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Exclusive Interview: Rita Farouz, Israeli Icon With Iranian Roots

June 7, 2012 4:45 pm 2 comments

Rita Yahan Farouz, during a 2009 concert in Jerusalem. Photo: wiki commons.

With her musical career spanning three decades, Rita has managed to become the biggest female artist in Israel and one of its most iconic cultural figures. Adoring fans, an immense following and a vocal signature like no other have all kept her on top ever since her breakout album in 1986. To some it may come as a surprise that at this stage in her prolific professional life, Rita has chosen to devote her new album “My Joys” entirely to her native language of Farsi. That is surprising, but not to her.

“Starting with my very first debut album, I have always insisted of including one Farsi track”, she says in an exclusive interview. “When I went ahead with my musical training, the roots of the music I got at home was always a part of me”.

Was Farsi music a big part of your life?

“My mother used to go from room to room in our house and simply sing for us all throughout my childhood and whenever an album came out, she used to play it at home on our gramophone and that music was the one I grew up listening to. At the end of every Friday night dinner she used to take the tonbak drum and we were all singing together. Her voice was the soundtrack of all our family gatherings. That entire Persian atmosphere was ultimately implemented in my career as a singer”.

What brought along the urge to dedicate “My Joys” entirely to Farsi?

“You go through an emotional process in your life, which makes you a lot more precise in your body of work, reminiscent of familiar aspects of your life. A year and a half ago I collaborated with a local Israeli rock band, who are very much in touch with their Moroccan heritage. That connection actually made me more curious about myself regarding my heart’s true passion”.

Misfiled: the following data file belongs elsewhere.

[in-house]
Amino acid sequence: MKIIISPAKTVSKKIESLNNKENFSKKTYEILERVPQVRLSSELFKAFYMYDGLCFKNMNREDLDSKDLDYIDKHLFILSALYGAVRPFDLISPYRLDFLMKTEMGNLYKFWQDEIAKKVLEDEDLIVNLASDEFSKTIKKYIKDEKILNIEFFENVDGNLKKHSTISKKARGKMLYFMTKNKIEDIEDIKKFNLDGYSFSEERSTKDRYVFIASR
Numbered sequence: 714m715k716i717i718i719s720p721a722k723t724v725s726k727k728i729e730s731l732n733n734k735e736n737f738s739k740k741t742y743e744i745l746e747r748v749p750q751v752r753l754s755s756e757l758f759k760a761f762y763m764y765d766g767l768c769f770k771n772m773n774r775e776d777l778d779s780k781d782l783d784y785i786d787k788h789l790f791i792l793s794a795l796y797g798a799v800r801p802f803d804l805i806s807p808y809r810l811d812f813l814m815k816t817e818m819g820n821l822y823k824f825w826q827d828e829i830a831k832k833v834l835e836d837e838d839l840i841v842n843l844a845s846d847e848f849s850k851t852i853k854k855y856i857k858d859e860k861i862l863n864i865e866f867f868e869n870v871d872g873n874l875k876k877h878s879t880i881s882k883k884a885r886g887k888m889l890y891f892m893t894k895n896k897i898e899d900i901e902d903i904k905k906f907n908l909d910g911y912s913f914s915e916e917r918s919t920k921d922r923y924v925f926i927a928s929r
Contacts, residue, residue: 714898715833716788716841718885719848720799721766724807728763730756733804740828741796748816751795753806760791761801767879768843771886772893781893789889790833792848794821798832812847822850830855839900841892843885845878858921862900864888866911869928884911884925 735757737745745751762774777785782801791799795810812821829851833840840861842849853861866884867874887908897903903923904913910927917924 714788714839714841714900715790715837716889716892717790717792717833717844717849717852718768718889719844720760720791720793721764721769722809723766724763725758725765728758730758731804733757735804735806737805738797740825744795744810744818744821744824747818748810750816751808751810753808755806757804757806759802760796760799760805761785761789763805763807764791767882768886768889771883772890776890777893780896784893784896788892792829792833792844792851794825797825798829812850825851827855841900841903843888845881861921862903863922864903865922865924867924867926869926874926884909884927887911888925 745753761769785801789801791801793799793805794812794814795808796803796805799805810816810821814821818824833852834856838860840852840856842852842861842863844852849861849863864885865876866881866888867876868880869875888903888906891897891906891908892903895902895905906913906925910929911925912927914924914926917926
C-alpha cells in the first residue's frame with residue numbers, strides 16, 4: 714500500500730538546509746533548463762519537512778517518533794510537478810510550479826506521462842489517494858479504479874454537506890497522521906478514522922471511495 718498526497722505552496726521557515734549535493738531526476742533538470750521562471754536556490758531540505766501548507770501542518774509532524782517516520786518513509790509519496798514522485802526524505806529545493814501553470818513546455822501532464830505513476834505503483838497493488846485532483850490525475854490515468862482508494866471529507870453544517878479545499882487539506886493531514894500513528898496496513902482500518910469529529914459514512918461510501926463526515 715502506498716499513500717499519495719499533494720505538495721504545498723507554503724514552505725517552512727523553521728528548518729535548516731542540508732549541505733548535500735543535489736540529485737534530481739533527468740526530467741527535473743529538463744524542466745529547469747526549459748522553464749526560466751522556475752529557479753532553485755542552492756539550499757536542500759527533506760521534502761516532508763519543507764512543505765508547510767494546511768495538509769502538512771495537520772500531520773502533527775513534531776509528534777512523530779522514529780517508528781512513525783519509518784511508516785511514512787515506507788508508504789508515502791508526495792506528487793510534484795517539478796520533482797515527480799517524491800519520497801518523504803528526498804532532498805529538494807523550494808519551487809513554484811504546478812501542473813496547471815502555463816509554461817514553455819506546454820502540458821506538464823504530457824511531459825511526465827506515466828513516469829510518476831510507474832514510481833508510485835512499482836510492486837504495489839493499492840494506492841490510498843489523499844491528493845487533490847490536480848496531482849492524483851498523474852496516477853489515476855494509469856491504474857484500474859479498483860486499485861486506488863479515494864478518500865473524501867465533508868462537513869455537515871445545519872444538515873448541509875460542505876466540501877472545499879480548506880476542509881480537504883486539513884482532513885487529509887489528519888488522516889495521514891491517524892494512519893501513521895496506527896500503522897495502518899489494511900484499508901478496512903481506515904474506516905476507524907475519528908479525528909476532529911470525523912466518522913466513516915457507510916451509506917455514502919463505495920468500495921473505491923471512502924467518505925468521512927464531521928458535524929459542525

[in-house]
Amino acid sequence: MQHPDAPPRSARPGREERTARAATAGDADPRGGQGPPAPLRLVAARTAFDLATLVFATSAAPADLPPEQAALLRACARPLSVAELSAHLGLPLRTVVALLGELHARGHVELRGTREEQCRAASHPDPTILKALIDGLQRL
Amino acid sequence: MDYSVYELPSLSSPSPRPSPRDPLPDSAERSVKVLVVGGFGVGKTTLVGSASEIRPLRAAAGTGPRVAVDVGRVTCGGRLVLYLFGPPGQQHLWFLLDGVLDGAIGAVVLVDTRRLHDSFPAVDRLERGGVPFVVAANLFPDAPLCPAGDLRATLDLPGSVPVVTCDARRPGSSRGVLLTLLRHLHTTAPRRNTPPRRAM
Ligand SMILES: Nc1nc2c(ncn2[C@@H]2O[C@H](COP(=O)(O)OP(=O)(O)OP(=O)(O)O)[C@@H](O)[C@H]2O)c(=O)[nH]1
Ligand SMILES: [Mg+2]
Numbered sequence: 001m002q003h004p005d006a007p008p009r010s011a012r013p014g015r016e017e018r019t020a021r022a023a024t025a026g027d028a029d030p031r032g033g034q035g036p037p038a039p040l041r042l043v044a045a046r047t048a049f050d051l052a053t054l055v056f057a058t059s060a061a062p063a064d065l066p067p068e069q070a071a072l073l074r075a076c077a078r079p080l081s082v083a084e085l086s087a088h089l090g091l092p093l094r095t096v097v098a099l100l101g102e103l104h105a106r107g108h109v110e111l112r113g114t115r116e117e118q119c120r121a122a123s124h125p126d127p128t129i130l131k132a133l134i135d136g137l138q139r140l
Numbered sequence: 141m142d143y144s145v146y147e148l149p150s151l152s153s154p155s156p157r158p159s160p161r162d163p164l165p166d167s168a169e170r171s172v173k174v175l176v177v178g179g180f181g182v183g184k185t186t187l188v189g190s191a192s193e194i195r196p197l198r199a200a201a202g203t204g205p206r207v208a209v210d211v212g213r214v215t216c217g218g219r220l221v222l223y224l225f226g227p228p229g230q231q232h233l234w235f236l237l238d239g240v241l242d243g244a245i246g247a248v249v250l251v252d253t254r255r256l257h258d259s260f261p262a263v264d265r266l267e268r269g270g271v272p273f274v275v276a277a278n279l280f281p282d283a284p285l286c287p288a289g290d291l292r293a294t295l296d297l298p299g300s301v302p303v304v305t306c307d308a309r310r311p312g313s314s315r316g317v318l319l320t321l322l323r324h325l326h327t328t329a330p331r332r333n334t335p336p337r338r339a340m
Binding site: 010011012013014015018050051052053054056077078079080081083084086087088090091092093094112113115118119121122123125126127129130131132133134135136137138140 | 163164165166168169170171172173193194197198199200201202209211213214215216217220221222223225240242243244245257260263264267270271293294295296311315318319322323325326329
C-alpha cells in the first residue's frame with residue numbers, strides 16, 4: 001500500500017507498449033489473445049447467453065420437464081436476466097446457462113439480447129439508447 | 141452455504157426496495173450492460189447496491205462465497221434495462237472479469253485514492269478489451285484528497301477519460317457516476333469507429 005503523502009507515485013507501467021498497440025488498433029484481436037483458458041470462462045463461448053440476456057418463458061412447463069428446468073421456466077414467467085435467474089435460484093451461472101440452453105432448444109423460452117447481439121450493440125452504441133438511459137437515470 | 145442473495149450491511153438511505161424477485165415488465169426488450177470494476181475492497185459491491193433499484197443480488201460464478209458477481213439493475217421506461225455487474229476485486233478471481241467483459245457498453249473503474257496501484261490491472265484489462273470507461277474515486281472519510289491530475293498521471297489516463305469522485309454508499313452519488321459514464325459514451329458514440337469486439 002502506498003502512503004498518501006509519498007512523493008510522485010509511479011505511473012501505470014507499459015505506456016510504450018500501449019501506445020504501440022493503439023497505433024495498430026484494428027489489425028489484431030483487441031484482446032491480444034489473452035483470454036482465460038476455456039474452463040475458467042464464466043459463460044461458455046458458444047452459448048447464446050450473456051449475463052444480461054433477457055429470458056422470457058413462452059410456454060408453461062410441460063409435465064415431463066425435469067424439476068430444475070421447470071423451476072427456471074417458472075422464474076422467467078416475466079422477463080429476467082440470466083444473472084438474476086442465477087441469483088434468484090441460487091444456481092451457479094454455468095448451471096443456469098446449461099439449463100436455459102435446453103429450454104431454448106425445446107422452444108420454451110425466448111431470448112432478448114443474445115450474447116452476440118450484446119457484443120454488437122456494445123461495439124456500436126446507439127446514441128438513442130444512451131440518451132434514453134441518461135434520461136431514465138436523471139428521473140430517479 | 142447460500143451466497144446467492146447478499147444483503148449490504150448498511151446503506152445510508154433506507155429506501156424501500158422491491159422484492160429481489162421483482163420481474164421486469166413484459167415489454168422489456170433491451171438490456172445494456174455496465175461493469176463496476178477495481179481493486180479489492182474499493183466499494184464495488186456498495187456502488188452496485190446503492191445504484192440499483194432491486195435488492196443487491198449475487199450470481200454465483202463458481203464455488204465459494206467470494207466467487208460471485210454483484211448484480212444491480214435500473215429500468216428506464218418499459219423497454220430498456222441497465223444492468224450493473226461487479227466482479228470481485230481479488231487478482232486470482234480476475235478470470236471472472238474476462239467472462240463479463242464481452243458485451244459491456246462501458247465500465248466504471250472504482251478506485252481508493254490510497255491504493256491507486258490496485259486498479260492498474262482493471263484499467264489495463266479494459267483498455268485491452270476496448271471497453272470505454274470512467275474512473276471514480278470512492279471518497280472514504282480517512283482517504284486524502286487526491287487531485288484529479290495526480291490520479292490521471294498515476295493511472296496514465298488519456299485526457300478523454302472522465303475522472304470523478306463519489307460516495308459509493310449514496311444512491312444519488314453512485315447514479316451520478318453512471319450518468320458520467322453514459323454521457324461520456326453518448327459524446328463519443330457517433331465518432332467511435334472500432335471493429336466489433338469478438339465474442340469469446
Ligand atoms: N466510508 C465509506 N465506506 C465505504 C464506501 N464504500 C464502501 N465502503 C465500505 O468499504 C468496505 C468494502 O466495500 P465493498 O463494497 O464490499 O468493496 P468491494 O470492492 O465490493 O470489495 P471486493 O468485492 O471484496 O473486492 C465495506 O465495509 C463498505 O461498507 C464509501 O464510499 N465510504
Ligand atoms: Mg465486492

How does this album fit into the cultural mix of different ethnicities in Israel?

“This generation, as a consequence of growing up with a variety of cultures, is a blend of different influences. My album is not the classic tunes coming out of Iran back in the day. And the crowd goes wild for it. After one month the album has already been certified gold and to think it was just a personal project I owed to myself. Now people from different ethnical backgrounds come up to me and say that I brought them back to their roots. I never imagined that this would be the outcome. I take it as a great gift”.

Rita Yahan-Farouz was given the gift of her amazing voice. Born in Tehran, her Jewish family immigrated to Israel in 1970. Upon graduating from high school a decade after, Rita followed her passion and served in the Israeli army as a singer in the musical troupes. She soon caught the eyes and hears of music executives and was signed to one the country’s leading record companies. Her first single “Betrayal” was an instant radio hit and she has remained one of the top Israeli artists ever since, known as a larger than life performer, and a strikingly beautiful woman at that.

Before her debut album came out when she was just 24, Rita has also managed to complete her acting studies at the prestigious “BeitTzvi” school of arts. She starred in such on-stage productions as “My Fair Lady”, “Cat on a Hot Tin Roof” and “Chicago”, and also on screen. Just this past fall she won the ‘Jury Special Recognition for Acting’ award at the San Francisco International Festival of Short Films, for portrayinga mother trying to save her family from her growingly insane eldest son in “Ben is back”.

“While in Israel the Persian immigrants have become almost natives, Iranians living in the US have much more preserved the cultural basis and are intertwined with one another”, she tells of her interactions abroad, “I’ve been fortunate to meet an enchanting community in the west coast, for example”.